By Chris Nashawaty
Updated February 23, 2001 at 05:00 AM EST

Gladiator (2000 movie)

  • Movie

Ever notice how the words fall and Oscars automatically go together, while summer usually gets matched up with oh, say, Bruckheimer? Where does it say that if a multiplex’s air conditioner is blasting that the celluloid on screen is inevitably ineligible schlock? Remember, Mel Gibson’s full-tilt kilt epic, Braveheart, came out in May 1995 yet wound up winning the Best Picture haggis.

Well, hold on to your chariots, because beneath Gladiator‘s bone-crunching title you’ll find a lot more to Ridley Scott’s summer blockbuster — and Golden Globe winner — than just he-men with tridents circling each other in the ring. If anything, Gladiator has even more brains than brawn: There’s a love story (between Russell Crowe’s general-turned-warrior Maximus and the Caesar’s sister); patricide (Joaquin Phoenix’s fiendish Commodus murders his emperor father, Richard Harris’ Marcus Aurelius); revenge (Maximus slashes his way to Rome to settle the score with Commodus for killing his wife and child); and even a dash of family dysfunction (Commodus’ unhealthy yearning for his sister, Connie Nielsen’s Lucilla). Heck, there aren’t too many action flicks that debate the merits of a republic versus a monarchy.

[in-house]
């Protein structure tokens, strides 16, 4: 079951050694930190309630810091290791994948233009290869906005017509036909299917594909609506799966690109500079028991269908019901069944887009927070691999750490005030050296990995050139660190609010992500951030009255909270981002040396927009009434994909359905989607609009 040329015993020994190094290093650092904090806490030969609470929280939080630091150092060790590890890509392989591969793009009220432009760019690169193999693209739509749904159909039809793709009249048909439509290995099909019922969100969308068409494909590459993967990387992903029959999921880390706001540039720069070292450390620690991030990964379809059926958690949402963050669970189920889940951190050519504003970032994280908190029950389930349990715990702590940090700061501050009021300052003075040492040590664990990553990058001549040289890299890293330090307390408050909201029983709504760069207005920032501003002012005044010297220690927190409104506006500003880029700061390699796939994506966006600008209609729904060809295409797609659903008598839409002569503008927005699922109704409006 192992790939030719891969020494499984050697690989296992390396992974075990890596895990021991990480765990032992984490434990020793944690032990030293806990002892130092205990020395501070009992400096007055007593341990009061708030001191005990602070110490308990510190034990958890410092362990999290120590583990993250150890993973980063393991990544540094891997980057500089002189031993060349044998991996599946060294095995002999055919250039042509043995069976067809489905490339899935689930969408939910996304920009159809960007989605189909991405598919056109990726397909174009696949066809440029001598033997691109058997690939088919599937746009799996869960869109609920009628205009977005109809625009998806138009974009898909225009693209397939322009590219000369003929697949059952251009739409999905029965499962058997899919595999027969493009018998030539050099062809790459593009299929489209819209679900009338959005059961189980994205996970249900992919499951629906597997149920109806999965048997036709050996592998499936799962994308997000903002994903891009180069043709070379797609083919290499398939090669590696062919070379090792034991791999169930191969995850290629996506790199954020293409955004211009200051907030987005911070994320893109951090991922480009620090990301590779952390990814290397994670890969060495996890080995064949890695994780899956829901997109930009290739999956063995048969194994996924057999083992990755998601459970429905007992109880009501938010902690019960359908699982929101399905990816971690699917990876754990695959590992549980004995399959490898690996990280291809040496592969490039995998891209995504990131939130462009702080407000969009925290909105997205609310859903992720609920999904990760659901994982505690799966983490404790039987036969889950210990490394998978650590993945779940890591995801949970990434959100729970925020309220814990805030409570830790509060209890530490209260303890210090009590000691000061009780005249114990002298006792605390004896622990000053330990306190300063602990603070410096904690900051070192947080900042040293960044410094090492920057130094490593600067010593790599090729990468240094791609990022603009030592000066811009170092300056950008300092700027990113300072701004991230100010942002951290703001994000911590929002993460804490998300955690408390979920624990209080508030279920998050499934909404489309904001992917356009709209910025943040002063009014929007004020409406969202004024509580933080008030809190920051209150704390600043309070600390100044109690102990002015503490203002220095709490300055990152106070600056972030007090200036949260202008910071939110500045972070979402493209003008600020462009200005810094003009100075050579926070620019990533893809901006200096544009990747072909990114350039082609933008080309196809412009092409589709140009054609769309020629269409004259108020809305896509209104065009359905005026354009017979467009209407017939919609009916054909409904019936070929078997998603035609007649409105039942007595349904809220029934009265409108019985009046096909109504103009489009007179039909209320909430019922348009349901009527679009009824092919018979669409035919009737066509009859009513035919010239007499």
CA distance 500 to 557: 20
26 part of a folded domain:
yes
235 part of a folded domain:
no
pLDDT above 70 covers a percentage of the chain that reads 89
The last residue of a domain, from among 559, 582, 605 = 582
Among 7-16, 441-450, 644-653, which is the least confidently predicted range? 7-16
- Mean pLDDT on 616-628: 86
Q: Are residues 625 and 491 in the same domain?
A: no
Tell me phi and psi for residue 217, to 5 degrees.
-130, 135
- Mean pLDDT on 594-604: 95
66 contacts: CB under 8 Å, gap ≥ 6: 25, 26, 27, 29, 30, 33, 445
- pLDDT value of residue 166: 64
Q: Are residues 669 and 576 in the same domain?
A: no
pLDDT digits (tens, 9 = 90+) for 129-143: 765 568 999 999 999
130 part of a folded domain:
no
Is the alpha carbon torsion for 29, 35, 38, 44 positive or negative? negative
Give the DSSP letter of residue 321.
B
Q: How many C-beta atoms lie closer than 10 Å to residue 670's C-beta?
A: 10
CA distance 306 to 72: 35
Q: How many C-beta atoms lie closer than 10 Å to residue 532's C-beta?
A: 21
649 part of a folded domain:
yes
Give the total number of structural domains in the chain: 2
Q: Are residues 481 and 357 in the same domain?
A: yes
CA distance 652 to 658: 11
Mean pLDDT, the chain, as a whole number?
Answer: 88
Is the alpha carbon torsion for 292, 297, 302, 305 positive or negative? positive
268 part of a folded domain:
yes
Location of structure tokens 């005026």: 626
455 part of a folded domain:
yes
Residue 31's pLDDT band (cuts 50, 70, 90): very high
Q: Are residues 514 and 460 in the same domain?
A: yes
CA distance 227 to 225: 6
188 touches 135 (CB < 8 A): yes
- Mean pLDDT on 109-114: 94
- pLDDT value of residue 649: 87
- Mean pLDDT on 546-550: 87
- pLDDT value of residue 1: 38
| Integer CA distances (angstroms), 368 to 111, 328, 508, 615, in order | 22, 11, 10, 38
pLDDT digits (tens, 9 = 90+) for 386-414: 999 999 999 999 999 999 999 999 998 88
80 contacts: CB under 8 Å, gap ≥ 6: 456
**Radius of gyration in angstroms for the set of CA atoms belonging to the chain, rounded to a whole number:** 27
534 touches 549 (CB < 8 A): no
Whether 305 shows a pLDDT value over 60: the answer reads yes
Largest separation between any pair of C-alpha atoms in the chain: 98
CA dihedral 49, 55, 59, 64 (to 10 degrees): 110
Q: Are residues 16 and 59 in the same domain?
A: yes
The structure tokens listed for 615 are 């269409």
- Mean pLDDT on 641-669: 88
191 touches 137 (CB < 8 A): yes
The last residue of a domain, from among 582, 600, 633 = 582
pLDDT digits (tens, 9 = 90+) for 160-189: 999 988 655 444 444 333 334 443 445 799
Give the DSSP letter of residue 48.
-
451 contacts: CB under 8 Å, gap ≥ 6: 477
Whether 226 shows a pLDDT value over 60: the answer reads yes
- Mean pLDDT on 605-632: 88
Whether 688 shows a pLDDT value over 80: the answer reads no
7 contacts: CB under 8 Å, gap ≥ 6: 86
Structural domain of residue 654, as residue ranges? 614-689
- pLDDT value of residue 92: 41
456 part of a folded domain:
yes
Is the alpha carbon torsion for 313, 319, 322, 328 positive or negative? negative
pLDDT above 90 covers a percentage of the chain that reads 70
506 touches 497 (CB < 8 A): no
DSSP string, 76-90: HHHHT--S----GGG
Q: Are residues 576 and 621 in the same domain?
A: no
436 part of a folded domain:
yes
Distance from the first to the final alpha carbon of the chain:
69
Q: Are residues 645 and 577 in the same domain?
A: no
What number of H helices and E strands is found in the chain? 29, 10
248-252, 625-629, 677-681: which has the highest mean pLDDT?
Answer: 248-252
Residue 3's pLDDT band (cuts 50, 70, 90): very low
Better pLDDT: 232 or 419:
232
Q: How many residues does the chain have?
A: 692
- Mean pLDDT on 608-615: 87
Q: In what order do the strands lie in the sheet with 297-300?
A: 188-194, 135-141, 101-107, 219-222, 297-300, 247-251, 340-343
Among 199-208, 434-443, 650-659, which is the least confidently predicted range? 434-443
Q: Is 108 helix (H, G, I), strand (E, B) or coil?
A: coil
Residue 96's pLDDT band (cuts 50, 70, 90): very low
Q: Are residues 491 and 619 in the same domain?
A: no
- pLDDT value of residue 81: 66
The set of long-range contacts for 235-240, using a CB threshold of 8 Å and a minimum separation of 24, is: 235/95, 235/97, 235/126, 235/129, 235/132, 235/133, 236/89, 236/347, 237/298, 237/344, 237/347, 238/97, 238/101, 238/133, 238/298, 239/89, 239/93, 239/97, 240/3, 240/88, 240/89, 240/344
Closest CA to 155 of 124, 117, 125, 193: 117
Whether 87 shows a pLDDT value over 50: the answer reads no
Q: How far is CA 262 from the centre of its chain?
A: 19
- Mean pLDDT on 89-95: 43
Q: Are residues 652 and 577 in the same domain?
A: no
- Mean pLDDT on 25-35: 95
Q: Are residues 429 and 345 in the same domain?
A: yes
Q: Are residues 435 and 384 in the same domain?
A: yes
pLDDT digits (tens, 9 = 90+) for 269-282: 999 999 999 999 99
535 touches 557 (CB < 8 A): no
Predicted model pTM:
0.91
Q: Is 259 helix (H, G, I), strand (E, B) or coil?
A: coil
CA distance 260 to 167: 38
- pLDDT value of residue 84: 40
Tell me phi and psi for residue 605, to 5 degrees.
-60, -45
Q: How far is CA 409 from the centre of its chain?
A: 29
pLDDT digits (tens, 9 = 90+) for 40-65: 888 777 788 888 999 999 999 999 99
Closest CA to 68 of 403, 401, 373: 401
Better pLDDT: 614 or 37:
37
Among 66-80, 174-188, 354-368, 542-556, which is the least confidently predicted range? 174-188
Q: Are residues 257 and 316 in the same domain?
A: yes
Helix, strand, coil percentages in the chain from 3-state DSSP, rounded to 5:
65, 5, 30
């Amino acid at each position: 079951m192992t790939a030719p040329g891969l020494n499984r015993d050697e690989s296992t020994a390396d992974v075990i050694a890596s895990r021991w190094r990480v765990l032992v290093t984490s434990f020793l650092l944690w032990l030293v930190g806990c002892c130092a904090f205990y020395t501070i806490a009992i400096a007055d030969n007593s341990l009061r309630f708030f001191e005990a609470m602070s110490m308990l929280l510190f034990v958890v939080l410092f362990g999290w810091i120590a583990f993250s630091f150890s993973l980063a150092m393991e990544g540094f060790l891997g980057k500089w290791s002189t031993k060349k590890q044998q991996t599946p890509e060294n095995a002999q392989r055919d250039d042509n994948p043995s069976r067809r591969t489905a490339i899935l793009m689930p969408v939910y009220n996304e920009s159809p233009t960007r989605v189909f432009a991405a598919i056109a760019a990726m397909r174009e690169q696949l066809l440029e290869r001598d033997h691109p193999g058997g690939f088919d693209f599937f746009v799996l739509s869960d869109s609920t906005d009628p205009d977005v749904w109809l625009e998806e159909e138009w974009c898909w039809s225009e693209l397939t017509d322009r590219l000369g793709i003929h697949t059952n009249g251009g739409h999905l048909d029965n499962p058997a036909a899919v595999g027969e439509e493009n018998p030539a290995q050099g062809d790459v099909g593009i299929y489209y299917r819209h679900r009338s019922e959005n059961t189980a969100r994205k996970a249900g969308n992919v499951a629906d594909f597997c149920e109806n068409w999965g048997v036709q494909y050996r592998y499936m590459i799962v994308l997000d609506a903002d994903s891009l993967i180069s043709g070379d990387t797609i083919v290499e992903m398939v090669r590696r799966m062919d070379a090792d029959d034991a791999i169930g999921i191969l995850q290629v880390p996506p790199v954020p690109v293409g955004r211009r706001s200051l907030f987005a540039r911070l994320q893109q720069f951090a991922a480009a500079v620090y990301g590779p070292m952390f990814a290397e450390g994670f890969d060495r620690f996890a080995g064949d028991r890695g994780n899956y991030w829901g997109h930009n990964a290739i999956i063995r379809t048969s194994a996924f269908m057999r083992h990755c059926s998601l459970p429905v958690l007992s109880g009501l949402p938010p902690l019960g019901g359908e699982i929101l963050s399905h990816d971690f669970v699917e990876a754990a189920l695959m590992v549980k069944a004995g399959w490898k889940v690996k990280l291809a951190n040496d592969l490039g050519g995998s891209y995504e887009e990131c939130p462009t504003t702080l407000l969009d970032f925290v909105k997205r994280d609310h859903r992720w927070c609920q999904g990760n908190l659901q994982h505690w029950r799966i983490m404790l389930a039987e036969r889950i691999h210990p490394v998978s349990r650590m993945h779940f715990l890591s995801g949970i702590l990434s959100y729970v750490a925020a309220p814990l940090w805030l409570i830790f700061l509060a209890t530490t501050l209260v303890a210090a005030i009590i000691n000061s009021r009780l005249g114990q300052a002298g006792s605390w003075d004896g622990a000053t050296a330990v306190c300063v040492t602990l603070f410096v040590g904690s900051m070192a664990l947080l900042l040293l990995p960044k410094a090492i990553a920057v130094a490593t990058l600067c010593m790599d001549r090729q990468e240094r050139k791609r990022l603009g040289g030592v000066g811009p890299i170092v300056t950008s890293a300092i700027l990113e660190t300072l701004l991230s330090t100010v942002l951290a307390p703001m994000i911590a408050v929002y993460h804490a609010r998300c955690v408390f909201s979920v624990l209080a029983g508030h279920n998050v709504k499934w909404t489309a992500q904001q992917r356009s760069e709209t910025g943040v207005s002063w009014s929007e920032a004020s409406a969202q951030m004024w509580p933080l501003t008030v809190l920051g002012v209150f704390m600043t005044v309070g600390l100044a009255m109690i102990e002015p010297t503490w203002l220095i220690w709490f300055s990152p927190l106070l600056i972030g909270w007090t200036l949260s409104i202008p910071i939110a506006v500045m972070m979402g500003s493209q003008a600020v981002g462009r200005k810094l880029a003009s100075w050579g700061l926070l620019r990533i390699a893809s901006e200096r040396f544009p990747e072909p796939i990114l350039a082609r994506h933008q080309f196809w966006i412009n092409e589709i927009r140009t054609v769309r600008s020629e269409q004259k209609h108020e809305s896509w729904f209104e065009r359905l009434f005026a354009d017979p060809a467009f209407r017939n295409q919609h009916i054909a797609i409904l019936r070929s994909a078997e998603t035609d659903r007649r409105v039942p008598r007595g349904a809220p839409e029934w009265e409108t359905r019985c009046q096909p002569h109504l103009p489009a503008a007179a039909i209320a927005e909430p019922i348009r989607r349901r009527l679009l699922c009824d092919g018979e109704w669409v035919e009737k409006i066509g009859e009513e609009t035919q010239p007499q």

And, of course, there’s action, and plenty of it. Whether staging staggering battle scenes in the snowy forests of Germany or choreographing quick-cutting ultraviolence in the Colosseum, Scott says his goal was to pick up the gauntlet that Steven Spielberg had thrown down at the beginning of 1998’s Saving Private Ryan. ”He set a new standard,” says Scott. ”Battle scenes used to just be wide shots like a ballet or a dance, but now you can take the audience inside the battle like Ryan did. It’s right in your lap in the theater.”

Come March 25, if Gladiator earns the Academy’s imperial thumbs-up, Scott, Crowe, and company will have pulled off a rare bit of cinematic alchemy — spinning popcorn into gold.

Gladiator (2000 movie)

  • Movie
  • R
  • 154 minutes
  • Ridley Scott